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'It’s hard to get used to': Ex-felons putting incarceration behind them

U.S. Capitol
Posted at 4:22 PM, Oct 12, 2022
and last updated 2022-10-12 19:20:02-04

BALTIMORE — Facing 22 years behind bars, Christopher Sanders claims he’s innocent.

He copped a plea to rape and served two and a half years.

Now comes the hard part.

“Starting over again is always hard and difficult, especially changes,” said Sanders, “So when you try to change your ways and your actions and thinking, it’s kind of new, so it’s hard to get used to, but you have to fight through it if you want to change.”

That change is not easy when finding housing. Work, healthcare and food are all difficult as well.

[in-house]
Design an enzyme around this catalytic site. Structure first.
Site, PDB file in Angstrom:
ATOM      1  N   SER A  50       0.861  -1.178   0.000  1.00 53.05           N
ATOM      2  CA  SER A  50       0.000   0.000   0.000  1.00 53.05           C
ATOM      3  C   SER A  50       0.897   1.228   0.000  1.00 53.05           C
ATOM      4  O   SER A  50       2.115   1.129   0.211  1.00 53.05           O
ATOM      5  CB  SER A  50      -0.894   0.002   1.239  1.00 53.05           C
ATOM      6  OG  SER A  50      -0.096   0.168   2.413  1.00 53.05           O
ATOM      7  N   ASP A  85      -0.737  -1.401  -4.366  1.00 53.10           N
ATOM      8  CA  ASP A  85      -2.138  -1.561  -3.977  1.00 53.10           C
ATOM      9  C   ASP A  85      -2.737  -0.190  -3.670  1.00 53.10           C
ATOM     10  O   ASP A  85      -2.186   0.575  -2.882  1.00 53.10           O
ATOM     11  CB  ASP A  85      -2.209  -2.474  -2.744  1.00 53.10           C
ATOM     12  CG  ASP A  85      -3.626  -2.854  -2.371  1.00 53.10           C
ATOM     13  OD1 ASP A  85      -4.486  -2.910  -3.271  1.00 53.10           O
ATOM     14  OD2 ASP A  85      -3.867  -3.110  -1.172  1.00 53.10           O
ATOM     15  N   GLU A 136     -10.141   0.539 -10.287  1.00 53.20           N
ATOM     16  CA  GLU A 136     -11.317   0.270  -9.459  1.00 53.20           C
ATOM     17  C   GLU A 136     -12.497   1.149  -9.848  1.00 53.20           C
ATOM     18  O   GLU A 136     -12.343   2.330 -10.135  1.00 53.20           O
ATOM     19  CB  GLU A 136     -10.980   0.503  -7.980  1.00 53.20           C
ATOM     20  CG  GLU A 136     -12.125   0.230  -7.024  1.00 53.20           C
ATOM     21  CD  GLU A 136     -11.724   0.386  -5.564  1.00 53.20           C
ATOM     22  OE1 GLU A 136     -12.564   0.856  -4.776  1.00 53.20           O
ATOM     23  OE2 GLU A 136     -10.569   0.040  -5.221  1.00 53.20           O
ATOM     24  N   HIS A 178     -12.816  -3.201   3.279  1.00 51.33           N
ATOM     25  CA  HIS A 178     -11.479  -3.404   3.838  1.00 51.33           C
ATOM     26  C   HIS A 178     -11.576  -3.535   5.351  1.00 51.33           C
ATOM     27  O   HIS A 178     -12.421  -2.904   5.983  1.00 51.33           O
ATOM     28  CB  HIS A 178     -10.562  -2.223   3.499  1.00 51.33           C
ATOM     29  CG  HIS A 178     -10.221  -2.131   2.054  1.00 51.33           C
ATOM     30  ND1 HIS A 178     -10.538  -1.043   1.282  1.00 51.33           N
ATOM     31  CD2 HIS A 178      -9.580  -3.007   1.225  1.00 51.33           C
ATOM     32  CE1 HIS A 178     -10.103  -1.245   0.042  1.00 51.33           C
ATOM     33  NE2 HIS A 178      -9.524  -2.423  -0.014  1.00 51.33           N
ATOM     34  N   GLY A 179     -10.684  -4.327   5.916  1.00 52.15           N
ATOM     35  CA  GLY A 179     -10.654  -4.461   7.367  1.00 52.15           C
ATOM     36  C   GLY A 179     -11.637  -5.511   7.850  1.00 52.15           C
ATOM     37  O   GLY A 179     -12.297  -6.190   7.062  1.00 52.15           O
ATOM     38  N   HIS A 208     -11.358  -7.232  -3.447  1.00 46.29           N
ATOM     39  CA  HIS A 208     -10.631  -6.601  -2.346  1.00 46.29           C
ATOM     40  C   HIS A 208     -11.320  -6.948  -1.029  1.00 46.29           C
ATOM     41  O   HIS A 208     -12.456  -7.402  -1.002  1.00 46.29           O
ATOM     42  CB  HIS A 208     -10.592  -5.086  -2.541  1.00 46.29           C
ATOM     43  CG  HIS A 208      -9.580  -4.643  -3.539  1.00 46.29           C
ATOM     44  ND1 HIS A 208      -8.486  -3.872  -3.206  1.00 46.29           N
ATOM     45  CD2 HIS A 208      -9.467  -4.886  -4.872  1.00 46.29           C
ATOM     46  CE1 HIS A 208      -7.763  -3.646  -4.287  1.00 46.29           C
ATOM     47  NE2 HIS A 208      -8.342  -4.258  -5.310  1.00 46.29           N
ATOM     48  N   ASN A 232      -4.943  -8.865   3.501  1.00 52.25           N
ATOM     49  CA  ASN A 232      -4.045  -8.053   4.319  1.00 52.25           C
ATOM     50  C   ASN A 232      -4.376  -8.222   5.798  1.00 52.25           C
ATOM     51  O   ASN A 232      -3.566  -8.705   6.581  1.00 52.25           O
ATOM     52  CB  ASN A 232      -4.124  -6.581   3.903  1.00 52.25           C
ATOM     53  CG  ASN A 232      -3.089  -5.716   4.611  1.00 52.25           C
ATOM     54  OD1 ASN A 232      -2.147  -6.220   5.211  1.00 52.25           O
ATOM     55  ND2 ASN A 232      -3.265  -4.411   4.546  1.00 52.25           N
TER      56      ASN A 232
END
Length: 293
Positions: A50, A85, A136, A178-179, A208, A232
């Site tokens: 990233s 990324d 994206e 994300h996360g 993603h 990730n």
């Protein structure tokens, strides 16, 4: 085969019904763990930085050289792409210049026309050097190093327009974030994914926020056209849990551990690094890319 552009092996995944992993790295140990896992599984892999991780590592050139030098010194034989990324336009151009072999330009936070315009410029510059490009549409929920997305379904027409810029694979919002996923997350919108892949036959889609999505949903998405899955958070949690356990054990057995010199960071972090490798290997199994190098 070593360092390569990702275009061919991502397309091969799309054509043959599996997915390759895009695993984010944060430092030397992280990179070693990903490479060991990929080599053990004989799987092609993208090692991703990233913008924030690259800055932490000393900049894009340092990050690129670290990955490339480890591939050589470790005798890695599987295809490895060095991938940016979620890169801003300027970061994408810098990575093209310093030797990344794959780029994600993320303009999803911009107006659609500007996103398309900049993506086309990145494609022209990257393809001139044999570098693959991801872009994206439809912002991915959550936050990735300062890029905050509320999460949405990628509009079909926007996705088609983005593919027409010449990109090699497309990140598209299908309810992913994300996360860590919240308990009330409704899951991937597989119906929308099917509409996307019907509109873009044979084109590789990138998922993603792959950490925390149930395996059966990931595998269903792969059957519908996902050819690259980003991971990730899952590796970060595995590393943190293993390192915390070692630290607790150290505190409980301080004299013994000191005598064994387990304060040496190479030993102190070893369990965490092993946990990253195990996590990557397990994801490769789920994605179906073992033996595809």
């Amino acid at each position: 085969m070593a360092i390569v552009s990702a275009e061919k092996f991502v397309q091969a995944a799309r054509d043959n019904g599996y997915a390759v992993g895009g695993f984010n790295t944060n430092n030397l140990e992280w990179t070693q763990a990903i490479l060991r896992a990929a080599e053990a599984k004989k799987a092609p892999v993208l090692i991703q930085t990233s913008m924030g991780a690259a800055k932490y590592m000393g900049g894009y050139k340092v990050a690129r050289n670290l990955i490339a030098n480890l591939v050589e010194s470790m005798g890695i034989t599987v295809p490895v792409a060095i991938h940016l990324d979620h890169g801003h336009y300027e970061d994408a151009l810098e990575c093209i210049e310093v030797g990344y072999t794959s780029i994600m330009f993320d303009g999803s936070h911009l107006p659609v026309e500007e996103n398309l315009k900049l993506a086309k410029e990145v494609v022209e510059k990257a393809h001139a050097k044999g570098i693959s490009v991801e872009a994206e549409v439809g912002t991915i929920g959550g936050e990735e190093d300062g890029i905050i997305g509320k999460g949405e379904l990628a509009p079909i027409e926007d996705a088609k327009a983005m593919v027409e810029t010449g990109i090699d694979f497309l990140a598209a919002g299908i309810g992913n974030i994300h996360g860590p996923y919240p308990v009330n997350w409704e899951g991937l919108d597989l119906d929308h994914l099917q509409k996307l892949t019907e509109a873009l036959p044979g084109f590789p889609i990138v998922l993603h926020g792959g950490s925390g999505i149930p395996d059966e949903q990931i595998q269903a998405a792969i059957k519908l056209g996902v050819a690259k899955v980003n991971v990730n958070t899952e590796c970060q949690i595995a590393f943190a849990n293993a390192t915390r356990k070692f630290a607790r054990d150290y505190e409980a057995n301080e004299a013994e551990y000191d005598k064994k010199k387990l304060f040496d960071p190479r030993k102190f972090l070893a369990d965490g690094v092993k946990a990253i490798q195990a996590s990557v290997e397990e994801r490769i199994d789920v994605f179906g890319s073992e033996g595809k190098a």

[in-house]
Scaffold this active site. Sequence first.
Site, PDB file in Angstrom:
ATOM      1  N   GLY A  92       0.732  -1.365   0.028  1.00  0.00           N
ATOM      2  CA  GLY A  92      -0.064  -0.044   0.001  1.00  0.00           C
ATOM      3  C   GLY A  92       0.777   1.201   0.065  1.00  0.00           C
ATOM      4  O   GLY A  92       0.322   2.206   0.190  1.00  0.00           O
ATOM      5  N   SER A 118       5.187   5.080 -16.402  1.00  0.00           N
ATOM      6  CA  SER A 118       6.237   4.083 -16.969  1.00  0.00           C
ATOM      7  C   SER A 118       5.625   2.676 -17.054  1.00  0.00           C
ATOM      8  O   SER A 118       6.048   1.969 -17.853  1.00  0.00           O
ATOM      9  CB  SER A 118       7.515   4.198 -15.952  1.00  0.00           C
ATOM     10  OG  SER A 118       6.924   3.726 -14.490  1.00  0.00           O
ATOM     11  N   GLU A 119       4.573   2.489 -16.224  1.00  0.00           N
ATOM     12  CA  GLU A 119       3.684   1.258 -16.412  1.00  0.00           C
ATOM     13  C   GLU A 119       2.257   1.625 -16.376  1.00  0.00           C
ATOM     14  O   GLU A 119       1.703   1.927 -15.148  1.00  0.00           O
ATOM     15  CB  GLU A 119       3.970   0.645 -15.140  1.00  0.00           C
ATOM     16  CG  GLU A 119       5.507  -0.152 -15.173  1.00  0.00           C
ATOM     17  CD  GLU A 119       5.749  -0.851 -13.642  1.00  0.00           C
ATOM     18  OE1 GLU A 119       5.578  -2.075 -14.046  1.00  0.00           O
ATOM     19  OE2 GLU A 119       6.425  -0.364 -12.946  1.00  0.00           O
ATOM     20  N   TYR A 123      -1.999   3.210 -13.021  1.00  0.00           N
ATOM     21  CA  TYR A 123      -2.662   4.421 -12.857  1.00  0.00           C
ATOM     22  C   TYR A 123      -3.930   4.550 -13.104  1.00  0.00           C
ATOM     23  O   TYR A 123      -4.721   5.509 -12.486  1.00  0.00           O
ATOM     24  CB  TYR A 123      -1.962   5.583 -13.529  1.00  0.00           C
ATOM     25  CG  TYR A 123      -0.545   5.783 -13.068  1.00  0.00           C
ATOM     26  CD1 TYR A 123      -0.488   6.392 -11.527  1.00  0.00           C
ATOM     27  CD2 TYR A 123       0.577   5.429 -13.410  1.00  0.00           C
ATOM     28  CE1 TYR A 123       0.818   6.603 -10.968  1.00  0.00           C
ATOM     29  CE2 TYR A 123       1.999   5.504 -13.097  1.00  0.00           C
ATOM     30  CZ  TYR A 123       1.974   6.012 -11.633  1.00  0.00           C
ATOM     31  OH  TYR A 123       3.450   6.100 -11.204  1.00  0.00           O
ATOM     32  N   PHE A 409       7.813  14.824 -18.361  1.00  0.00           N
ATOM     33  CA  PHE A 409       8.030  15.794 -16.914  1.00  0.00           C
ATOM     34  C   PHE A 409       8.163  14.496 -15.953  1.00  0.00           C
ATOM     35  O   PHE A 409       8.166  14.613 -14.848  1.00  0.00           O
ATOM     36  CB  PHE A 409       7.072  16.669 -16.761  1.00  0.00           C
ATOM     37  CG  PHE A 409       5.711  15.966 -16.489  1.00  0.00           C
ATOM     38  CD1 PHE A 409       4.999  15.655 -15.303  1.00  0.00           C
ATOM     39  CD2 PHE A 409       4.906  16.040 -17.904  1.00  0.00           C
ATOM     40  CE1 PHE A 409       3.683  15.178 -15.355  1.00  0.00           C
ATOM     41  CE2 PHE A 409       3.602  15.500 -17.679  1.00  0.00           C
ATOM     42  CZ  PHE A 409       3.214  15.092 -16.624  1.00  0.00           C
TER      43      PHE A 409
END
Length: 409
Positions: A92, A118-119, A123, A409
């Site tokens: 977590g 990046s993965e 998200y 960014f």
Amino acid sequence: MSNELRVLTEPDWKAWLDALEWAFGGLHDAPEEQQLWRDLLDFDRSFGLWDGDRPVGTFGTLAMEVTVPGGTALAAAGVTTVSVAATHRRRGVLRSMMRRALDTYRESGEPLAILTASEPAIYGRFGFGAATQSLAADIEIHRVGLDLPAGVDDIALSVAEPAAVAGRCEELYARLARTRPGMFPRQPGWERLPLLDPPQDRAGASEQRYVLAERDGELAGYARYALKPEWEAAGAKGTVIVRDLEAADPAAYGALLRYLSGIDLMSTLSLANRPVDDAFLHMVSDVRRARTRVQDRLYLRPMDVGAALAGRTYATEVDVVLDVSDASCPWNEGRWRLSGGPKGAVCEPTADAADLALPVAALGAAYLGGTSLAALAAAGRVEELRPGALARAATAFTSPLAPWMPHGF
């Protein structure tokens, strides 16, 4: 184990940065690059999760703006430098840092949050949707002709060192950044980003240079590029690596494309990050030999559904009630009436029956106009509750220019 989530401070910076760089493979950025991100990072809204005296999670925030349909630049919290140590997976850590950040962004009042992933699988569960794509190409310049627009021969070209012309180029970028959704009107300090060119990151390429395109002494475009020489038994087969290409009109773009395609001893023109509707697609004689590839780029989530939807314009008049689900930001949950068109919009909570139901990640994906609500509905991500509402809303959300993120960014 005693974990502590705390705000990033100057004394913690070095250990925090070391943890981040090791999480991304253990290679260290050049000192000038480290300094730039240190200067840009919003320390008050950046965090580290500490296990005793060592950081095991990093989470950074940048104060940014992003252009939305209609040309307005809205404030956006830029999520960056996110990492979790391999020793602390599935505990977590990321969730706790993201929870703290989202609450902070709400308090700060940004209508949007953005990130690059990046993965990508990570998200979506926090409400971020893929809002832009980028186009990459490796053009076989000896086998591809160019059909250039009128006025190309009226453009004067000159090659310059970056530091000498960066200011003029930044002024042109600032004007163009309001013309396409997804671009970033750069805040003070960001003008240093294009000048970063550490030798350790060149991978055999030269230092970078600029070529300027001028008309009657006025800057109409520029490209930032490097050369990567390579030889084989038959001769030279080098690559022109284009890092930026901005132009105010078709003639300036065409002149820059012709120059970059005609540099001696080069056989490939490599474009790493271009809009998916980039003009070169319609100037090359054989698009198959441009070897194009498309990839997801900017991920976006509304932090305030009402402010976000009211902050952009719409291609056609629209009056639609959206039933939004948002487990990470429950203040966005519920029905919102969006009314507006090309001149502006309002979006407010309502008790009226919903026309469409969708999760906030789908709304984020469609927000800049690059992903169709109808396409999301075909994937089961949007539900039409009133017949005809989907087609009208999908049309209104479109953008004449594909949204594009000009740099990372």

“A guy who is coming home after doing ‘x’ amount of years, you want to be on your own,” said Harry Locks, who also recently gained his release, “You want to feel that source of independence.”

The one-stop re-entry resource fair in Baltimore’s War Memorial Building provided returning citizens and justice-involved persons with a chance to fill some of those needs.

Depending upon which numbers you look at, at least one in four people that have been incarcerated will end up back behind bars.

By providing them with resources, the goal is to help them get back on their feet and overcome any stigma tied to their time behind bars.

“A lot of people think that a person that has been justice-involved has a certain type of look or attitude or demeanor, but that could be any person walking up and down the street,” said Tholyn Twyman, a re-entry specialist with the U.S. Attorney’s Office in Baltimore.

A person committed to succeeding in their second chance at life.

“It can change for the better so anyone can do it,” said Sanders.